Lynn Owens will never give up her former roles as social worker and director of special education when she begins her new job as assistant superintendent of learning and programs at Golf School District 67 in Morton Grove.
“I love working with families and students in any capacity,” said Coleman, who takes office July 1. “My favorite days have been working in the classrooms and helping with behavioral needs. I may have a better connection than anyone else. I love being the ‘secret’ reader, the surprise guest reader (in a specialized class).
“I was barely at my desk. I was active and engaged (in class).
Coleman’s job isn’t an entirely new position in a district that’s grappling with steadily increasing enrollment amid space limitations and dealing with the long-term aftermath of COVID-19. The district has two schools, Hynes Elementary and Golf Middle School.
A former colleague of Superintendent Dr. Susan Coleman at School District 95 of the Lake Zurich Community Unit, Coleman will have increased responsibilities over more programs than the original position of Director of Special Education for District 67.
“The director position didn’t encompass all the needs, the holes that we had to fill with someone with knowledge and expertise,” Coleman said. “We needed to expand that role into student services, STEM, curriculum development, English services.
“We are enhancing the intervention, which is additional support specifically designed for a child who is late or at risk. Look at our global approach to the child. If we see a student falling behind in growth, let’s intervene. Lynn is also an early childhood (programming) expert. »
Owens will help oversee a myriad of programs at Hynes Elementary School, which serves kindergarten through fifth grade, and Golf Middle School, which serves students in grades six through eight.
If Coleman wanted a right-hand man in his administration with a background in social work, then Owens, a Decatur native, has a multi-generational background in the profession.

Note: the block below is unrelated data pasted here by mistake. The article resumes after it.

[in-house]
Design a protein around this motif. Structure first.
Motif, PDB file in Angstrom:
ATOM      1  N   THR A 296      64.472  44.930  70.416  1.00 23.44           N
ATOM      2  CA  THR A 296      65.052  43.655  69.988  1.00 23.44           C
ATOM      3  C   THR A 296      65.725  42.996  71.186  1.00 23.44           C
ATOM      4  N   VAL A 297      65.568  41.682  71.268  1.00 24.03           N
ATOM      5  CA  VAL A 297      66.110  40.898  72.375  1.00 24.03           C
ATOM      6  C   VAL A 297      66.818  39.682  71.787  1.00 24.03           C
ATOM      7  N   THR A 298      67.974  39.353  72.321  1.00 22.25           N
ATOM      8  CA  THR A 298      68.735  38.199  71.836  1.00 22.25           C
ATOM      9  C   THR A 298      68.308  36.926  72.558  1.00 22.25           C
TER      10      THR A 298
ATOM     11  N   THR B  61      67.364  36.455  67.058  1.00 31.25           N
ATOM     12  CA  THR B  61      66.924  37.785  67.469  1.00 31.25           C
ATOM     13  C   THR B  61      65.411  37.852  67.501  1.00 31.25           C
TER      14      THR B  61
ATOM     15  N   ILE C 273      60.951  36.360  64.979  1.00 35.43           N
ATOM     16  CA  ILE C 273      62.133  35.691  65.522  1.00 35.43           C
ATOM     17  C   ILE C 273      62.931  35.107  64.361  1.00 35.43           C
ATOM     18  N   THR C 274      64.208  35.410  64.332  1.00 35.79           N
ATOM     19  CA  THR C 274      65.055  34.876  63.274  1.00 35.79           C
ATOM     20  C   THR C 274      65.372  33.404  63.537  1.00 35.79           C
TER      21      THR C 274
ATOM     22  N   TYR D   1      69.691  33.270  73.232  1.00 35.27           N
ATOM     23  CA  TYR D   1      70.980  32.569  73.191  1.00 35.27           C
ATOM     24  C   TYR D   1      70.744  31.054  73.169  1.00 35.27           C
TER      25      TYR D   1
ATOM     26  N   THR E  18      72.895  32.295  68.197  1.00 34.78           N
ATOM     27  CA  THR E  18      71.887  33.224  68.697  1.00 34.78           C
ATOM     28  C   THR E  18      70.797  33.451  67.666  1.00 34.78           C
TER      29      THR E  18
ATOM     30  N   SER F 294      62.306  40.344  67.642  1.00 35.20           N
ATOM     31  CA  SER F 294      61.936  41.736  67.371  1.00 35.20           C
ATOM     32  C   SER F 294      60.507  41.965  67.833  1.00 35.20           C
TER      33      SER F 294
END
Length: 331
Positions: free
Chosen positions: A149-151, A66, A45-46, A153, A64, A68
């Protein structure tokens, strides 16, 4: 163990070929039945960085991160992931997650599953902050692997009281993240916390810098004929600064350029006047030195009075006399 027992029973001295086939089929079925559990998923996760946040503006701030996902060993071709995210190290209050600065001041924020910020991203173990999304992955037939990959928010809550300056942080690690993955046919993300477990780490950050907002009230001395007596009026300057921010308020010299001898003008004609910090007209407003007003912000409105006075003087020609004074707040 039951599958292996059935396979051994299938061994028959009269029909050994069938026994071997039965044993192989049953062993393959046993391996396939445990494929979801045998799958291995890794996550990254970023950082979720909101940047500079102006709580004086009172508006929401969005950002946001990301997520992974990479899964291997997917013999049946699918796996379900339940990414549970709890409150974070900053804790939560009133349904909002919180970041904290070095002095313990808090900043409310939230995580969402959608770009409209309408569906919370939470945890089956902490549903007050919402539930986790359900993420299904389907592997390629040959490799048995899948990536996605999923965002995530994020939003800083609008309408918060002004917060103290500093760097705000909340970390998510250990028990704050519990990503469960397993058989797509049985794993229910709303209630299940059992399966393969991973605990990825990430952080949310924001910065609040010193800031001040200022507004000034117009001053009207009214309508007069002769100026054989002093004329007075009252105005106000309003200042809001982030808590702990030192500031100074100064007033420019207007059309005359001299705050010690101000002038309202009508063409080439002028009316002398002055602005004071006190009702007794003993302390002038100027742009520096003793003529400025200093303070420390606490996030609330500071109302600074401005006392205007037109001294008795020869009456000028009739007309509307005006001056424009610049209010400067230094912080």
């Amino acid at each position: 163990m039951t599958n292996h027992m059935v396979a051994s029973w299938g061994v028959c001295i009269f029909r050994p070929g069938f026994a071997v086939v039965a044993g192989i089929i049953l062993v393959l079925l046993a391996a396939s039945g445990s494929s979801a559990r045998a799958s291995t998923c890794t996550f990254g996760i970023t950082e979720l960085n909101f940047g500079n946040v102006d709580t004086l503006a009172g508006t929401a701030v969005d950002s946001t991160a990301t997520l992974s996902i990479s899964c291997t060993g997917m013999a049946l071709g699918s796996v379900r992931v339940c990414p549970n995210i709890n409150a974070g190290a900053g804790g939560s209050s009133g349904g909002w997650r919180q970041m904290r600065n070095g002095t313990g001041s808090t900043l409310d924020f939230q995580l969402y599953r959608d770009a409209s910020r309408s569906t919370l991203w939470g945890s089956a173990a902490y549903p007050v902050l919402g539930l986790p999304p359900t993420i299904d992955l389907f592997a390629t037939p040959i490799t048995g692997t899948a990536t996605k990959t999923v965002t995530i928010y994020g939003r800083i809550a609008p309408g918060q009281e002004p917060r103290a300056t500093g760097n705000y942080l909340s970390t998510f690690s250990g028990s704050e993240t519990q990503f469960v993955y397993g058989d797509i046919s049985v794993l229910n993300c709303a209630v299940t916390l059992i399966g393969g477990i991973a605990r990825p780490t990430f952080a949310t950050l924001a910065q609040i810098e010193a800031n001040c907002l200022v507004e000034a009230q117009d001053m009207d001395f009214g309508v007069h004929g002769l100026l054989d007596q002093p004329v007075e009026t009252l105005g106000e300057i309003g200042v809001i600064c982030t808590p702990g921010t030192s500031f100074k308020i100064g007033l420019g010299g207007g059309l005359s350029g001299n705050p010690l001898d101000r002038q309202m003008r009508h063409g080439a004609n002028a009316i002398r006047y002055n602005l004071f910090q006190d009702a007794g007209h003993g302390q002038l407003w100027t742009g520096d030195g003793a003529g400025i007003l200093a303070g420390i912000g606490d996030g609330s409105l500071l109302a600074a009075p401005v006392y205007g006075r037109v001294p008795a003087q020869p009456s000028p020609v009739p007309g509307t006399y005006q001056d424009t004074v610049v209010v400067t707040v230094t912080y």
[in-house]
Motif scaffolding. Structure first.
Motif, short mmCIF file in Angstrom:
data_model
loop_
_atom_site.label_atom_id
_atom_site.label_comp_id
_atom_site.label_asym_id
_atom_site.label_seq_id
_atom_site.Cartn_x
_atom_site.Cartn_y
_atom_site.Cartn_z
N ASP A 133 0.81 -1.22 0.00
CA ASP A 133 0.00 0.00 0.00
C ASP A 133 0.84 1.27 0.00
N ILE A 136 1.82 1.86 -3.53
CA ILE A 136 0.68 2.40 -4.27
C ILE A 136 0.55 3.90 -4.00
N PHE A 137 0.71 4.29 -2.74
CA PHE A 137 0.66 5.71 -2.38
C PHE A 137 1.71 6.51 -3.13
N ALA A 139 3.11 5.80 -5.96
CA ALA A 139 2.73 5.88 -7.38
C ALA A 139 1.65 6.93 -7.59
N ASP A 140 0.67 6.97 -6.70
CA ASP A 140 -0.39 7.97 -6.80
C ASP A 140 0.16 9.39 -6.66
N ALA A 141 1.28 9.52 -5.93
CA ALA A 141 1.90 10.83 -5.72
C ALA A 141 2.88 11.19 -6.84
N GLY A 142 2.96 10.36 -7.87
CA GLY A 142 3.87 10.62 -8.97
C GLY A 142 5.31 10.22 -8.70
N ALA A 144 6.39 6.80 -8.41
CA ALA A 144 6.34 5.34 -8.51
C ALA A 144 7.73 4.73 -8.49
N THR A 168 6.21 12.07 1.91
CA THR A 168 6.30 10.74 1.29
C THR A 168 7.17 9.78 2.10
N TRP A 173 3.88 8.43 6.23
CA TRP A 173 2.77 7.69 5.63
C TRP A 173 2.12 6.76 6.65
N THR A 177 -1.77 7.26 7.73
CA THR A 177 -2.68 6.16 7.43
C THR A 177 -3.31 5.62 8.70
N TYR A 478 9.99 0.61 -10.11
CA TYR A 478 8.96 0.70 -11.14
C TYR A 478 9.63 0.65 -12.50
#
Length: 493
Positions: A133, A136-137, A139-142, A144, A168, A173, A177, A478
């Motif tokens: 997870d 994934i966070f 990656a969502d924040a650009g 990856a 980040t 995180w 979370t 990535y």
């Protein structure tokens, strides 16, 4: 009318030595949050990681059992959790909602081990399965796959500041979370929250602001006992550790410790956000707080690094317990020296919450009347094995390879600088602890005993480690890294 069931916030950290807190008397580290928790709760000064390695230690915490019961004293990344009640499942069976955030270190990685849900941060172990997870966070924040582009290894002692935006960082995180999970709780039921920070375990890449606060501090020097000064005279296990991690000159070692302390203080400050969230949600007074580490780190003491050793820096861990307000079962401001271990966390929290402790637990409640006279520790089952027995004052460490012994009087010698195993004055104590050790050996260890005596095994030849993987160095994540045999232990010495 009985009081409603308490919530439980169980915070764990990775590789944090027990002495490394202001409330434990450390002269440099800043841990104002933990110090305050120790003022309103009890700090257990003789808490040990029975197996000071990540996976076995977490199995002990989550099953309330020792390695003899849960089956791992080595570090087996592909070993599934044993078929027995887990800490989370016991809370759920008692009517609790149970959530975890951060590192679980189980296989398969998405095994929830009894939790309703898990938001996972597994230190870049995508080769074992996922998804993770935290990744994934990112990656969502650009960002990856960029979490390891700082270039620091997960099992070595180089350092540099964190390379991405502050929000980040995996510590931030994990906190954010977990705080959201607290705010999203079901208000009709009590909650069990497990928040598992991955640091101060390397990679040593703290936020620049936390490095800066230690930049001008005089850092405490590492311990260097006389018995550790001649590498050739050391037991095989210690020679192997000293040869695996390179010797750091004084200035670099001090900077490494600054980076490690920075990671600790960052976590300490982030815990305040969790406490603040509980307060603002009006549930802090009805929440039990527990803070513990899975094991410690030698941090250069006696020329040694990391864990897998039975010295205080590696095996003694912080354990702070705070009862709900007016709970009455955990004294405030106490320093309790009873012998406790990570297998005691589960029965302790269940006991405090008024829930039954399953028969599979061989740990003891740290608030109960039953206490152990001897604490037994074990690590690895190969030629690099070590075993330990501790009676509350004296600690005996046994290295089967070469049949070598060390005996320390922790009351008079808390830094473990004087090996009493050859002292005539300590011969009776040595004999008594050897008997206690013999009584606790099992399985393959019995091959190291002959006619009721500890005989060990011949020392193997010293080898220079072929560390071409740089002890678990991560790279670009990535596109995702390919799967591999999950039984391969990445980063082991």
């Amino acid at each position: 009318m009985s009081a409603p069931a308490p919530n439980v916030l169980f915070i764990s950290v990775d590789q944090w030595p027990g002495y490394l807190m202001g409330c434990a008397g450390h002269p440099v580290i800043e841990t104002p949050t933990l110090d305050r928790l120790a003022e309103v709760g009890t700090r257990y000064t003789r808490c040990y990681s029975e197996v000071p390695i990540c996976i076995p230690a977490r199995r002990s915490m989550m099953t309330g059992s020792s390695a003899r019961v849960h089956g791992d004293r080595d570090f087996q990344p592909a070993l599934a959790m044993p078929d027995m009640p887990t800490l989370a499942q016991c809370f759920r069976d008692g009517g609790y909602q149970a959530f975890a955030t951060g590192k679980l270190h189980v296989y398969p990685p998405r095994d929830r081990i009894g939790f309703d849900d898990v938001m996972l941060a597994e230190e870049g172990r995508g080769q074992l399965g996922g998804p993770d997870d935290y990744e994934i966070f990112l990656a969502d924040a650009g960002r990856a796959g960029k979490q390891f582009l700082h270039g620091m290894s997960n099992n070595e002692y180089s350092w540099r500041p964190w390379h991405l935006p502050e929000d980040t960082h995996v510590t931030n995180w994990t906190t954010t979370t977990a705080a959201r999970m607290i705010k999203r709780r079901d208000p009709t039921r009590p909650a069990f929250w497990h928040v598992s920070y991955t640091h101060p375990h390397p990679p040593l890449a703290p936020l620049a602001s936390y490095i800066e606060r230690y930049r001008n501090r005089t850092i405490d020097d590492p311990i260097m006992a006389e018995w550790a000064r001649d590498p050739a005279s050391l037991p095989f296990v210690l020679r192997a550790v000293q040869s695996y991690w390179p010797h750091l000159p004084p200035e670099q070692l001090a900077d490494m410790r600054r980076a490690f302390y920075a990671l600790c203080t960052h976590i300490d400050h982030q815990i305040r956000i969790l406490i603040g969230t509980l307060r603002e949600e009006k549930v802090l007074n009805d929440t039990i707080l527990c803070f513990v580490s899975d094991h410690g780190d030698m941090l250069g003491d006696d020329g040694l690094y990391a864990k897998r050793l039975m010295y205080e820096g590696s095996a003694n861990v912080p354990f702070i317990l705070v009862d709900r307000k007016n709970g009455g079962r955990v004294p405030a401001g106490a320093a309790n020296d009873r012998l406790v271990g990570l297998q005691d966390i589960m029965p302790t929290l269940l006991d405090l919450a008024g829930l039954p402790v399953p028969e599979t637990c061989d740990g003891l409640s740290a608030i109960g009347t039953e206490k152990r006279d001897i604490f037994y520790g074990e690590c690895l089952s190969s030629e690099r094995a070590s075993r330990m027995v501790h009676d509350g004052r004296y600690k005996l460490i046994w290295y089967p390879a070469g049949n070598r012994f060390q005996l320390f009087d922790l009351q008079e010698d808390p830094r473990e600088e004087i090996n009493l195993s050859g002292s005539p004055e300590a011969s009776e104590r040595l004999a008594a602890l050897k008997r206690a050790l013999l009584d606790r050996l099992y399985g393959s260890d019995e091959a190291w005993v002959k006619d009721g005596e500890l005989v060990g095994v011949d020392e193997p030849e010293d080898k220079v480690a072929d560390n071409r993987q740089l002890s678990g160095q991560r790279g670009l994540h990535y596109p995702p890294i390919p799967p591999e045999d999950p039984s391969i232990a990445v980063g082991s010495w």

“Throughout my life I’ve had a connection with special education,” Owens said. “My grandmother was an old school social worker. I watched her do her job. My whole family had a passion for giving. My parents were foster parents. It was rooted in us where you can help your community.
Owens earned a bachelor’s degree in psychology with a minor in microbiology from Western Illinois University at Macomb.
“When I finished my bachelor’s degree, I started working at a social service agency,” Owens said. “I was caring for mothers and babies (and) foster children. Many children had cognitive and physical disabilities. Part of my job as a social worker was to go to court and get to know the whole child. »
Owens received a master’s degree in social work from Aurora University and in education from Loyola University. Prior to Lake Zurich, she worked at schools in Schaumburg and Glenview, as well as the sprawling Stevenson High School in Lincolnshire.
Although working with Coleman at Lake Zurich was crucial to his hiring at District 67, Owens will evolve into a new relationship with his boss.
“We will get to know each other in a new capacity,” she said. “It will be a growth in learning. I am a lifelong learner.
One of the most immediate tasks for Coleman and Owens at the top of the administrative chain will be to mitigate the disruption to classroom instruction and the emotional effects of COVID-19.
“We will see the effects of this pandemic for a long time,” Coleman said. “The smallest kids missed kindergarten or first grade.”
“That’s where my background in social work helps me,” Owens said. “Right now it’s affecting us a lot, but will become shorter over time. But good has come out of the pandemic. Families have learned about life from teachers. And teachers have learned about families.
Enrollment in District 67 has steadily increased as families have purchased homes in the district. This made social distancing a challenge as classroom learning resumed amid the pandemic.
But Owens isn’t fazed by more students in the same space.
“Throughout my career, I’ve always had space constraints,” she said. “As an administrator, you learn to work with what you have and grow it, make the most of it. I tell people, I work in any space.
“It’s not about physical space, it’s about expanding your mind with the students.”